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This is a detailed study of how the Somerset Levels, originally a large tract of marsh, were drained and reclaimed to becomes one of the most agriculturally productive areas of south-west England. The story of the draining of this region brings to light significant comparisons and contrasts with other reclaimed lowlands and extends our knowledge of one of the processes by which the British landscape has changed. This is an important book, which brings together information on an area that has until now received very little attention; it also shows just how early massive reclamation began. It will be of interest to both geographers and historians.
This detailed and original study of early-modern agrarian society in the Somerset Levels examines the small landholders in a group of sixteen contiguous parishes in the area known as Brent Marsh. These were farmers with lifehold tenures and a mixed agricultural production whose activities and outlook are shown to be very different from that of the small 'peasant' farmers of so many general histories. Patricia Croot challenges the idea that small farmers failed to contribute to the productivity and commercialization of the early-modern economy. While the emergence of large capitalist farms was an important development, these added to the production of existing small cultivators, rather than replacing them. The idea that only large-scale, specialized farmers were involved in agricultural progress, or that their contribution alone was enough to account for the great increase in food production by the late 17th century is questioned; small farmers continued to make a living, contributed to the market, and survived alongside the new, bigger farms. Croot's in-depth study not only adds to our knowledge of agrarian society generally, but shows that far from being backward and interested primarily in subsistence farming, small producers in this area sought profit in making the best use of their resources, however limited, being flexible in their production and growing new or unusual crops. The main land tenures, copy and lease for lives, are also covered in detail, contributing to current debates on landholding and sub-tenancy. The author shows the uses to which lifehold tenures could be put, resulting in the increasing financial strength of copyholders and their dominance in local society. The effects of the tenure and profits of farming can be seen in the way that families were provided for, as well as in the roles that women played and the responsibility they had in economic and social life, while the wider interests of the inhabitants are shown in their religious and political engagement in events of the 17th century. Patricia Croot's meticulous study is a valuable contribution to English agrarian history, and in particular to the history of this under-researched region.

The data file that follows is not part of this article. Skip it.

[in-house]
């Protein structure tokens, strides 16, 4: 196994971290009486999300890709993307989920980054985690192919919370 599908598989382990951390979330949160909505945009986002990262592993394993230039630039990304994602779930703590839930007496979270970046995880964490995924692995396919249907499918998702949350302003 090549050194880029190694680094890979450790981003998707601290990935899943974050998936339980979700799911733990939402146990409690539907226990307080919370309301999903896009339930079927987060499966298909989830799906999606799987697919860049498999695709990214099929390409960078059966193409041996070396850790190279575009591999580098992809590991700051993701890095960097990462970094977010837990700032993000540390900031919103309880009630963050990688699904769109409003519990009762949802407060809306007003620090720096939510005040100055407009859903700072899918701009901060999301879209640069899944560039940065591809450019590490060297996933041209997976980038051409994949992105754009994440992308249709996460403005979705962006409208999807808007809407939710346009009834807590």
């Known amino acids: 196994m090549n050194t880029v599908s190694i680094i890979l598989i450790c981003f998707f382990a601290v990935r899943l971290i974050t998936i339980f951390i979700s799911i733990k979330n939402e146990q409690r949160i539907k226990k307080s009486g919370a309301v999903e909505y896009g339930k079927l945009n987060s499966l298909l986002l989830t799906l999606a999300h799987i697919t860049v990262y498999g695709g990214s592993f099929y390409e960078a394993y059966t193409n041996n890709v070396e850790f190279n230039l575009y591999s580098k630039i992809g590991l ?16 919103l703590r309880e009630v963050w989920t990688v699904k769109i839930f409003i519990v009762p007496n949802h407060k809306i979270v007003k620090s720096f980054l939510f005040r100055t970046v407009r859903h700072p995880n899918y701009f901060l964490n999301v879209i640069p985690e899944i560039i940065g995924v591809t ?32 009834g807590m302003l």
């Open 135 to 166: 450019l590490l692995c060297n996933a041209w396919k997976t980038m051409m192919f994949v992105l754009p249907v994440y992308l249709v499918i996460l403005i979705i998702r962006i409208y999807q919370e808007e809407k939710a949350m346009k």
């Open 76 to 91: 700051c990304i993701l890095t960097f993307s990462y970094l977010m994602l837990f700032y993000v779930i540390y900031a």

Man’s control over the elements of land and water for the purposes of agriculture was fundamental to the development of civilisations in the past, and remains so today. This volume deals with the processes of irrigation, and land drainage and reclamation, and illustrates the variety of technological and engineering solutions in a wide chronological and geographical perspective. The sophistication of many pre-modern systems is clear, as is the impact of modern technologies. Important points that emerge are that there was no steady or linear progression in techniques across time - instances of the transfer of ideas are balanced by cases of independent development - and that the correlations between irrigation systems and social structures demand more complex explanations than often proposed.
Most places in Britain have had a local history written about them. Up until this century these histories have addressed more parochial issues, such as the life of the manor, rather than explaining the features and changes in the landscape in a factual manner. Much of what is visible today in Britain's landscape is the result of a chain of social and natural processes, and can be interpreted through fieldwork as well as from old maps and documents. Michael Aston uses a wide range of source material to study the complex and dynamic history of the countryside, illustrating his points with aerial photographs, maps, plans and charts. He shows how to understand the surviving remains as well as offering his own explanations for how our landscape has evolved.

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